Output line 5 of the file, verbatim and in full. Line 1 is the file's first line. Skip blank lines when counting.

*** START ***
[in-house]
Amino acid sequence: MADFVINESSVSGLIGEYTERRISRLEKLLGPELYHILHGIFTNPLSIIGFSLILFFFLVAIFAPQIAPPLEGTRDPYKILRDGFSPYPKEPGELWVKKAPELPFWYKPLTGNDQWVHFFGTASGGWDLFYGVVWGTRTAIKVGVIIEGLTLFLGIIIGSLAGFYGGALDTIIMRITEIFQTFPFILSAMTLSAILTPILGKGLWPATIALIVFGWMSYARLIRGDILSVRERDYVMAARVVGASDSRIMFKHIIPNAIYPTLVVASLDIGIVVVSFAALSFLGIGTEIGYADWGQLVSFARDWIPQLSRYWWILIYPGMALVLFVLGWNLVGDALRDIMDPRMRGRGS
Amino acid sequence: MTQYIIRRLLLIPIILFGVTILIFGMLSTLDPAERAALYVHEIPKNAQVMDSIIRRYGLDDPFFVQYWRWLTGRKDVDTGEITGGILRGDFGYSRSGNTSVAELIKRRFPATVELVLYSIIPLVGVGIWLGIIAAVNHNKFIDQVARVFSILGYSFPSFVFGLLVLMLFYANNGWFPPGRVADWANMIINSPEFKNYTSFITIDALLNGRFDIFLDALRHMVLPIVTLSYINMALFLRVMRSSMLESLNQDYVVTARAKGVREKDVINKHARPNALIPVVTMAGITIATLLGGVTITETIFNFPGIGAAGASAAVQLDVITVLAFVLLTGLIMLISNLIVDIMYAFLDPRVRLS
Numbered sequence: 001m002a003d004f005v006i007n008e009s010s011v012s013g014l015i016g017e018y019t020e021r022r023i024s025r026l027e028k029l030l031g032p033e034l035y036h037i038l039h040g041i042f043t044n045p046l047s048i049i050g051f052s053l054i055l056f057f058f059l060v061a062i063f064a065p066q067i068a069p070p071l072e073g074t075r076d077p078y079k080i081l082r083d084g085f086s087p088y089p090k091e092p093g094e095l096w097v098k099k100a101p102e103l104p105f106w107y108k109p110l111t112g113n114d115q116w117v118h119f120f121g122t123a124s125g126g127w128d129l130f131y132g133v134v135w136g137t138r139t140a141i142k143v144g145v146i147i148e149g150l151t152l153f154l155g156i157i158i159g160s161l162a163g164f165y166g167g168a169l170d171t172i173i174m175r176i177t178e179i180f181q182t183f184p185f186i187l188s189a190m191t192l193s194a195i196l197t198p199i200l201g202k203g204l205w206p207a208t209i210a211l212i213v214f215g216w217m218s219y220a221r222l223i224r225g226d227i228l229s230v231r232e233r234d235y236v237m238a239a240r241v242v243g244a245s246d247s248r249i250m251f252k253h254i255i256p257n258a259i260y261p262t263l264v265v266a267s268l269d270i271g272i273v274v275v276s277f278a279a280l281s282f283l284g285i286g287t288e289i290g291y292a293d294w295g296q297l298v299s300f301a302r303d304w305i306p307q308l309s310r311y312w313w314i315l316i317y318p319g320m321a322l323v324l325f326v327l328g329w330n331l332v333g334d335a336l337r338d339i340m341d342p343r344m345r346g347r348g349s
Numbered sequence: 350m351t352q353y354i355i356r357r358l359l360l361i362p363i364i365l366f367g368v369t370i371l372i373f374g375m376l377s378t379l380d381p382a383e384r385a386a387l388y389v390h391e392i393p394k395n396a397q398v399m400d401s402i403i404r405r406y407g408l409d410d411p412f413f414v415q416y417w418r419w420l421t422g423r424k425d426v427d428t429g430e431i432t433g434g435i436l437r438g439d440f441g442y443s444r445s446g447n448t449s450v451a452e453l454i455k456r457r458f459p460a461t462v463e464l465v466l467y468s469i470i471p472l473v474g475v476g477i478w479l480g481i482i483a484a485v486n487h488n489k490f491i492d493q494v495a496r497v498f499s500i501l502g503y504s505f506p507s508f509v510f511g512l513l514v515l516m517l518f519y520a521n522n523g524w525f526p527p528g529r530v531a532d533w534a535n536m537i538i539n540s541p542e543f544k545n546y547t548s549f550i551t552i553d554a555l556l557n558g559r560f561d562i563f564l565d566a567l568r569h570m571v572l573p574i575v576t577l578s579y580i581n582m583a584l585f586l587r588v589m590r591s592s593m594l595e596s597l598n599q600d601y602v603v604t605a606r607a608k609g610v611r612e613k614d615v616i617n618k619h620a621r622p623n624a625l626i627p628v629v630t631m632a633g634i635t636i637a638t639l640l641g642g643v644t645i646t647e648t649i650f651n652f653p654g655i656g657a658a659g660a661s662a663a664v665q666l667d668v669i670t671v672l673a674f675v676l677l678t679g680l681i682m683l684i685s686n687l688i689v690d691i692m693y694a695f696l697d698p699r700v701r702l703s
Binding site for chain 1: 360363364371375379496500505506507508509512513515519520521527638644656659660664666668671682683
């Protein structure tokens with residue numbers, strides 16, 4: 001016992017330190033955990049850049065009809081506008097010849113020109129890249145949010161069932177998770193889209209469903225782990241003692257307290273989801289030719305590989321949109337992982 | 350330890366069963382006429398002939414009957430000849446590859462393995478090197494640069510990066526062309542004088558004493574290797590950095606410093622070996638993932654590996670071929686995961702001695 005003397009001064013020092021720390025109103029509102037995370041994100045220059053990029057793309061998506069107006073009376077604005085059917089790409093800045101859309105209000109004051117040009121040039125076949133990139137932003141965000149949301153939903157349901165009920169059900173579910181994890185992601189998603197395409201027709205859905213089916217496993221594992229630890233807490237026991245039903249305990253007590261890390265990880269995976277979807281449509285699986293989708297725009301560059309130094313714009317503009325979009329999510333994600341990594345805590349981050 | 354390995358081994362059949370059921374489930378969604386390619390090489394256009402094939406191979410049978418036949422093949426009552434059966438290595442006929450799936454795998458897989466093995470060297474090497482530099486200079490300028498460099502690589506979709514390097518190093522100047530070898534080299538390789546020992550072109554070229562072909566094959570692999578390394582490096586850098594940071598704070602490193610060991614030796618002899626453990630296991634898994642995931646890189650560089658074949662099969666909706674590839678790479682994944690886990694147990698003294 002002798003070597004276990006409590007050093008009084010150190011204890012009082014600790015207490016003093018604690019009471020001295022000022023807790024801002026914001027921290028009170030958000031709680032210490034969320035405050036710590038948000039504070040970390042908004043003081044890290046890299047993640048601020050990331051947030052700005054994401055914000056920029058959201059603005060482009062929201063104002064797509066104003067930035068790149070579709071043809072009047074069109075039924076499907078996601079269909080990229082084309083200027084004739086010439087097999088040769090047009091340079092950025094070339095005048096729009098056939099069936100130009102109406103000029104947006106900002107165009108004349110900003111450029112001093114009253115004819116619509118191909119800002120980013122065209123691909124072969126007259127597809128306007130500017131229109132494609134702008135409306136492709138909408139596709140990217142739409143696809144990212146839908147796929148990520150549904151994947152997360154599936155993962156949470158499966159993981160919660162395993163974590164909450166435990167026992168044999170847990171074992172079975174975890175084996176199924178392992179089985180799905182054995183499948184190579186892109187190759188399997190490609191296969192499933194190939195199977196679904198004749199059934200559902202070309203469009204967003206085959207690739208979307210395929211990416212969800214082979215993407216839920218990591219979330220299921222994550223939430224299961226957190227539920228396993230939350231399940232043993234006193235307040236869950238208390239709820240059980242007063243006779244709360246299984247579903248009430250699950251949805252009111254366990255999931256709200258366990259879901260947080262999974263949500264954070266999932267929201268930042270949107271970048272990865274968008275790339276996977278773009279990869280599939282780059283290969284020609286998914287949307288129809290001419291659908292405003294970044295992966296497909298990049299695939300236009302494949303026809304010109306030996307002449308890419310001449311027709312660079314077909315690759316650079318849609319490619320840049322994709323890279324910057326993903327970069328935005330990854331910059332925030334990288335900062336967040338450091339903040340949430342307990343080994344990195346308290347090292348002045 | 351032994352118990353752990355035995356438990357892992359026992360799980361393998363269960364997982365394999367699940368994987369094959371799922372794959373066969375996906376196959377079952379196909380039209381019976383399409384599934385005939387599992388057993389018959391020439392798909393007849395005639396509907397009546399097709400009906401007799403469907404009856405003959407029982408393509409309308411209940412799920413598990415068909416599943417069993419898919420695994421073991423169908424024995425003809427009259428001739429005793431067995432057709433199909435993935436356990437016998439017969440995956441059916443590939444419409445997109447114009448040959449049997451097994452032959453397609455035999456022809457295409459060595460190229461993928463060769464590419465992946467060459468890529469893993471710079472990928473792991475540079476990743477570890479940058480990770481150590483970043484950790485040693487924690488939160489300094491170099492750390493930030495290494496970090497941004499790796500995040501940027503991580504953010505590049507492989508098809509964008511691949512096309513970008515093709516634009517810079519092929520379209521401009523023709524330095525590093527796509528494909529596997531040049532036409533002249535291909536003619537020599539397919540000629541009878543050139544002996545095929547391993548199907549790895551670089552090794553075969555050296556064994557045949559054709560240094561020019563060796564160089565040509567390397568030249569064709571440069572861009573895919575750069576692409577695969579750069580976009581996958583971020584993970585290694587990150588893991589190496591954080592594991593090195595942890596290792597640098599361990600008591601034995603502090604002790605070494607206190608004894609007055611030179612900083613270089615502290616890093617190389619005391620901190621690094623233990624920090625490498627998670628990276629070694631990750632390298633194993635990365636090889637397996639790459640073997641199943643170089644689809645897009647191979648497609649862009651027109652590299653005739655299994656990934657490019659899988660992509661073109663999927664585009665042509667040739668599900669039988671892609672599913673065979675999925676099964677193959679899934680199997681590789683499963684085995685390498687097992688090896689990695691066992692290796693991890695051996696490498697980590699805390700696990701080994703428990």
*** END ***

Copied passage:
Numbered sequence: 350m351t352q353y354i355i356r357r358l359l360l361i362p363i364i365l366f367g368v369t370i371l372i373f374g375m376l377s378t379l380d381p382a383e384r385a386a387l388y389v390h391e392i393p394k395n396a397q398v399m400d401s402i403i404r405r406y407g408l409d410d411p412f413f414v415q416y417w418r419w420l421t422g423r424k425d426v427d428t429g430e431i432t433g434g435i436l437r438g439d440f441g442y443s444r445s446g447n448t449s450v451a452e453l454i455k456r457r458f459p460a461t462v463e464l465v466l467y468s469i470i471p472l473v474g475v476g477i478w479l480g481i482i483a484a485v486n487h488n489k490f491i492d493q494v495a496r497v498f499s500i501l502g503y504s505f506p507s508f509v510f511g512l513l514v515l516m517l518f519y520a521n522n523g524w525f526p527p528g529r530v531a532d533w534a535n536m537i538i539n540s541p542e543f544k545n546y547t548s549f550i551t552i553d554a555l556l557n558g559r560f561d562i563f564l565d566a567l568r569h570m571v572l573p574i575v576t577l578s579y580i581n582m583a584l585f586l587r588v589m590r591s592s593m594l595e596s597l598n599q600d601y602v603v604t605a606r607a608k609g610v611r612e613k614d615v616i617n618k619h620a621r622p623n624a625l626i627p628v629v630t631m632a633g634i635t636i637a638t639l640l641g642g643v644t645i646t647e648t649i650f651n652f653p654g655i656g657a658a659g660a661s662a663a664v665q666l667d668v669i670t671v672l673a674f675v676l677l678t679g680l681i682m683l684i685s686n687l688i689v690d691i692m693y694a695f696l697d698p699r700v701r702l703s